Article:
Mind what you say
John de Waal QC advises on the enforceability of anti-oral variation clauses following decisions in Globe and MWB
Property lawyers of all people will be aware of the tension between the need for commercial certainty, and hence the emphasis on the necessity for agreements for the disposition of interests in land to be in writing, and the occasional need to mitigate the harshness that such certainty can produce by allowing for oral agreements to take effect as actionable representations or estoppels when circumstances dictate that an unjust result should be avoided.
The jurisprudence in relation to entire agreement clauses is well established, but until recently the law in relation to anti-oral variation clauses has not been clear. Two decisions of the Court of Appeal have now considered such clauses: Globe Motors Inc v TRW Lucas Varity Electric Steering  EWCA Civ 396, which concerned the supply of electric motors within the automobile industry, but in which the decision on this issue was strictly obiter, and MWB Business Exchange Centres Ltd v Rock Advertising Ltd  EWCA Civ 553, which concerned managed office space let to an advertising company on licence, where the court’s decision in such a clause led to the appeal being allowed.
Victory for certainty
In MWB, the relevant facts were that MWB terminated Rock’s licence agreement for arrears of licence fees and other charges and locked the company out. Rock claimed that there had been an oral agreement between the Rock managing director, Mr Idehen, and MWB’s credit controller, Miss Evans, which allowed Rock to reschedule the fees payable so it was not in arrears at the date it was evicted. Rock counterclaimed for loss and damage.
MWB’s original written agreement contained the following provision at clause 7.6: ‘This licence sets out all the terms as agreed between MWB and the licensee. No other representations or terms shall apply or form part of this licence. All variations to this licence must be agreed, set out in writing and signed on behalf of both parties before they take effect.’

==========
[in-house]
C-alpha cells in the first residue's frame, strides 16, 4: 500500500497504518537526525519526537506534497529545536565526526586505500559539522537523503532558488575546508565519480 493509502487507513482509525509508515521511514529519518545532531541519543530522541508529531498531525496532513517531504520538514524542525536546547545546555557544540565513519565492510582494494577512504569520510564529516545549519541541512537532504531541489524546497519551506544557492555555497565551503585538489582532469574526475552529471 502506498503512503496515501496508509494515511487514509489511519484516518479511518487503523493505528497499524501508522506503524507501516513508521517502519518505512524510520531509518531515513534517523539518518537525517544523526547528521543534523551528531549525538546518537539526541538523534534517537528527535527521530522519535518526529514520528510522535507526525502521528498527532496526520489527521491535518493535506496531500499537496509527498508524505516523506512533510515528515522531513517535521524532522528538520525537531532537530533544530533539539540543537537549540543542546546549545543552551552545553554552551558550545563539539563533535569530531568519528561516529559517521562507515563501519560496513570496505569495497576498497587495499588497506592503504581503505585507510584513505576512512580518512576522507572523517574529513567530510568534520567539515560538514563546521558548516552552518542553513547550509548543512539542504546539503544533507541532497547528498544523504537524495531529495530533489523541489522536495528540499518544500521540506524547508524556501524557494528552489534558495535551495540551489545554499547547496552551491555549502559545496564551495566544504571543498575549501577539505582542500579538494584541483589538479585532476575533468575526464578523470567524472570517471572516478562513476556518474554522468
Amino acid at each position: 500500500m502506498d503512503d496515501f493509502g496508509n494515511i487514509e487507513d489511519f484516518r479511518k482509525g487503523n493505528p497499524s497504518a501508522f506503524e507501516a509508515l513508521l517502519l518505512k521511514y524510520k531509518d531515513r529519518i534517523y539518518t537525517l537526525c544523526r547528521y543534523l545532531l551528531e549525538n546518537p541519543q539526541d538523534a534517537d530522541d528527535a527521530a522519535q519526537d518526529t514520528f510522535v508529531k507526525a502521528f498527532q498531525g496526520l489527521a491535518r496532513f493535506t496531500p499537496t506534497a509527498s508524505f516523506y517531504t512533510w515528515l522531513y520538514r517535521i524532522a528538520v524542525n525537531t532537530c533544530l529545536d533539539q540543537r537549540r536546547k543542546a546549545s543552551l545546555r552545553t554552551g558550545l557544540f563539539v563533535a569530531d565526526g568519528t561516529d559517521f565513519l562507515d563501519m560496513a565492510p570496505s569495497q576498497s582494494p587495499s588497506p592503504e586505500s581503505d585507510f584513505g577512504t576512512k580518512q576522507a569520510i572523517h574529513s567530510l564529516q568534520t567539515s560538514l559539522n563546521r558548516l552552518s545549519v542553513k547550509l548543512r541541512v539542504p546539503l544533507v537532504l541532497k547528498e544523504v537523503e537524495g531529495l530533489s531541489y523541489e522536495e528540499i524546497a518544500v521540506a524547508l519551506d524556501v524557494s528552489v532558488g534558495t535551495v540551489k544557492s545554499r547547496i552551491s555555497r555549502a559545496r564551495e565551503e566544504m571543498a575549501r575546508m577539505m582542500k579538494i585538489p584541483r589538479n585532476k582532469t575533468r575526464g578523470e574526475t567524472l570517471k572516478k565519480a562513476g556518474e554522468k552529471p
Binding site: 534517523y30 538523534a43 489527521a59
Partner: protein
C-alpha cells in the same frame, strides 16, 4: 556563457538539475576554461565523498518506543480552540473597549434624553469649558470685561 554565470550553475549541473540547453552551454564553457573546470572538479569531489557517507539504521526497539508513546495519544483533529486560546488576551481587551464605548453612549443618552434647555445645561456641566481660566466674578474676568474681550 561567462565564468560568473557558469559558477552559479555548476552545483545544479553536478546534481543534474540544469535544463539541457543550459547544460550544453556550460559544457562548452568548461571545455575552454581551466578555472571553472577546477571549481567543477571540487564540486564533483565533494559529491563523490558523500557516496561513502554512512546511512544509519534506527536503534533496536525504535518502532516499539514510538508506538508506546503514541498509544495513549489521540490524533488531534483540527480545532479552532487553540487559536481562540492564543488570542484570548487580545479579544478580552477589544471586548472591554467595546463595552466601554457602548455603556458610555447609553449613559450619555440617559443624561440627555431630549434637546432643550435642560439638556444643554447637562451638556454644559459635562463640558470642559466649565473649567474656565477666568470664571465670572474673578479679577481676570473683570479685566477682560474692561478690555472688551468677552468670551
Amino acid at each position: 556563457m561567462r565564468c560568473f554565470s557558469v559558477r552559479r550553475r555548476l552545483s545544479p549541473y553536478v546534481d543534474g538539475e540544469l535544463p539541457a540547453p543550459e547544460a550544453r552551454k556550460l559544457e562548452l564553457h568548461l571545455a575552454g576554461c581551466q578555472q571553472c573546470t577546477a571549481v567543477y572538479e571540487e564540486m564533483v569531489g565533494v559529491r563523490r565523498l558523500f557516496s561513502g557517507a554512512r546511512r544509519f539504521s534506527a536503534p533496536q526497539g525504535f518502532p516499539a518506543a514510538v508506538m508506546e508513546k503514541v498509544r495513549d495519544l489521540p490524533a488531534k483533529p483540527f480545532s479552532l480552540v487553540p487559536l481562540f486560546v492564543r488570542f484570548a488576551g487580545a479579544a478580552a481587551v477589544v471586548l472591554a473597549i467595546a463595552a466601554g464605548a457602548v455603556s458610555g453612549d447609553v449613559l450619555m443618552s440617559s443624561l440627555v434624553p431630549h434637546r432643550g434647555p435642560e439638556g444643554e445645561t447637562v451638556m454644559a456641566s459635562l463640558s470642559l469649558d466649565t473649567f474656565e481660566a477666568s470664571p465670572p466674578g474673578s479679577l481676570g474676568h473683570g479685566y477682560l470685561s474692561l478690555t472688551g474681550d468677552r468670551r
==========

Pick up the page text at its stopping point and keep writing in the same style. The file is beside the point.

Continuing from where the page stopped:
The intended effect of such a clause is to prevent one or other of the parties asserting that the written agreement has been varied by subsequent oral agreement. But can it work? Before Globe, there had been conflicting decisions – both, interestingly, involving applications for summary judgments based on such anti-oral variation clauses, one successful and the other not as you might anticipate.
At the trial of MWB’s claim for arrears of licence fee, the judge found that there had been an ‘agreement’ between the parties as Rock alleged, but held that clause 7.6 precluded an oral renegotiation of the licence fees payable and thus found for the claimant, and against Rock on its counterclaim. Victory for certainty, but perhaps a result which might have seemed unfair to Idehen.
However, by the time MWB came on for hearing in the Court of Appeal, the decision in Globe had been handed down. In that case, the court acknowledged that anti-oral variation clauses promoted certainty and avoided false or frivolous claims. But, as Lord Justice Beatson, who gave the lead judgment, observed, as a matter of principle parties have freedom to agree whatever terms they choose to undertake and can do so by document, word of mouth, or conduct. Thus the parties can make a new contract by varying the existing contract by oral agreement. The most powerful consideration, he said, is party autonomy.
Or, to put it another way, while it is trite to say that two parties cannot make an agreement to agree, it is also now the case that they cannot make an agreement not to agree.
Following the reasoning in Globe, the court in MWB thus allowed the appeal.
Will this give rise to frivolous claims? The argument for certainty is of course, as always, a ‘floodgates’ argument. It is undoubtedly true that the reason that parties include such clauses is to promote such certainty. But as Lord Justice Underhill observed in Globe: ‘Nor do I think this [result] need be a matter of concern, given that nothing can be done without the agreement of both parties; and if the parties are in agreement, there is no reason why that agreement should not be effective.’
In MWB, allowing the appeal gave effect to an agreement that had been entered into by two people who had authority to contract on behalf of their principals. Certainty here would have been certain injustice, and I suspect most readers will concur with the view that the decision reflects the flexibility of the common law and is to be applauded. As to unmeritorious claims, as well we know, they will be tested at trial, and if they lack merit, will fail.
John de Waal QC is a barrister at Hardwicke Chambers